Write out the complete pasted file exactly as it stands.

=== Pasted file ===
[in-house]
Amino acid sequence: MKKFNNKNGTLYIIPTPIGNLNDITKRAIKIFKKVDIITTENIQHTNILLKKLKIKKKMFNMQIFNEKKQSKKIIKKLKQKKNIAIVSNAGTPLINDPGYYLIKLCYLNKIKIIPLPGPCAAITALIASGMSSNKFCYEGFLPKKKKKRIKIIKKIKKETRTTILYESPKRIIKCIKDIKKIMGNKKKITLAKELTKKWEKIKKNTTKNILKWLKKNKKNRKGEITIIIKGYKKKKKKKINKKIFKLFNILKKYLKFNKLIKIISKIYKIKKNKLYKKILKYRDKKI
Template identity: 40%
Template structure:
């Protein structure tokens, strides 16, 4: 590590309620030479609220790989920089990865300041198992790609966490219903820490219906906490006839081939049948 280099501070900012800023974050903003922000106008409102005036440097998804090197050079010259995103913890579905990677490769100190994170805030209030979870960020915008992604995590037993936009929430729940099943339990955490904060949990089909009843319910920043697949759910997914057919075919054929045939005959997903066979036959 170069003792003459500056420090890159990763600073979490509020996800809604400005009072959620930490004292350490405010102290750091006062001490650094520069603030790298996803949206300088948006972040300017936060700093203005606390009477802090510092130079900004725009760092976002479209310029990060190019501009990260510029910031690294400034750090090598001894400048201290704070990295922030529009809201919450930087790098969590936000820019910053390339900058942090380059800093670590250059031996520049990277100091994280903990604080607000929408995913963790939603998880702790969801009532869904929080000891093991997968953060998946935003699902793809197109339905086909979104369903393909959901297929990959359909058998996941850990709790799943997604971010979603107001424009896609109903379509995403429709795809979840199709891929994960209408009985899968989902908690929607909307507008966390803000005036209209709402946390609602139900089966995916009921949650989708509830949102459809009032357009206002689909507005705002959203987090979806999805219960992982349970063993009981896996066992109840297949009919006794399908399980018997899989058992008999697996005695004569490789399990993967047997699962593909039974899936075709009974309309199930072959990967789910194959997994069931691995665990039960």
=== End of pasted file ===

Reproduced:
[in-house]
Amino acid sequence: MKKFNNKNGTLYIIPTPIGNLNDITKRAIKIFKKVDIITTENIQHTNILLKKLKIKKKMFNMQIFNEKKQSKKIIKKLKQKKNIAIVSNAGTPLINDPGYYLIKLCYLNKIKIIPLPGPCAAITALIASGMSSNKFCYEGFLPKKKKKRIKIIKKIKKETRTTILYESPKRIIKCIKDIKKIMGNKKKITLAKELTKKWEKIKKNTTKNILKWLKKNKKNRKGEITIIIKGYKKKKKKKINKKIFKLFNILKKYLKFNKLIKIISKIYKIKKNKLYKKILKYRDKKI
Template identity: 40%
Template structure:
């Protein structure tokens, strides 16, 4: 590590309620030479609220790989920089990865300041198992790609966490219903820490219906906490006839081939049948 280099501070900012800023974050903003922000106008409102005036440097998804090197050079010259995103913890579905990677490769100190994170805030209030979870960020915008992604995590037993936009929430729940099943339990955490904060949990089909009843319910920043697949759910997914057919075919054929045939005959997903066979036959 170069003792003459500056420090890159990763600073979490509020996800809604400005009072959620930490004292350490405010102290750091006062001490650094520069603030790298996803949206300088948006972040300017936060700093203005606390009477802090510092130079900004725009760092976002479209310029990060190019501009990260510029910031690294400034750090090598001894400048201290704070990295922030529009809201919450930087790098969590936000820019910053390339900058942090380059800093670590250059031996520049990277100091994280903990604080607000929408995913963790939603998880702790969801009532869904929080000891093991997968953060998946935003699902793809197109339905086909979104369903393909959901297929990959359909058998996941850990709790799943997604971010979603107001424009896609109903379509995403429709795809979840199709891929994960209408009985899968989902908690929607909307507008966390803000005036209209709402946390609602139900089966995916009921949650989708509830949102459809009032357009206002689909507005705002959203987090979806999805219960992982349970063993009981896996066992109840297949009919006794399908399980018997899989058992008999697996005695004569490789399990993967047997699962593909039974899936075709009974309309199930072959990967789910194959997994069931691995665990039960």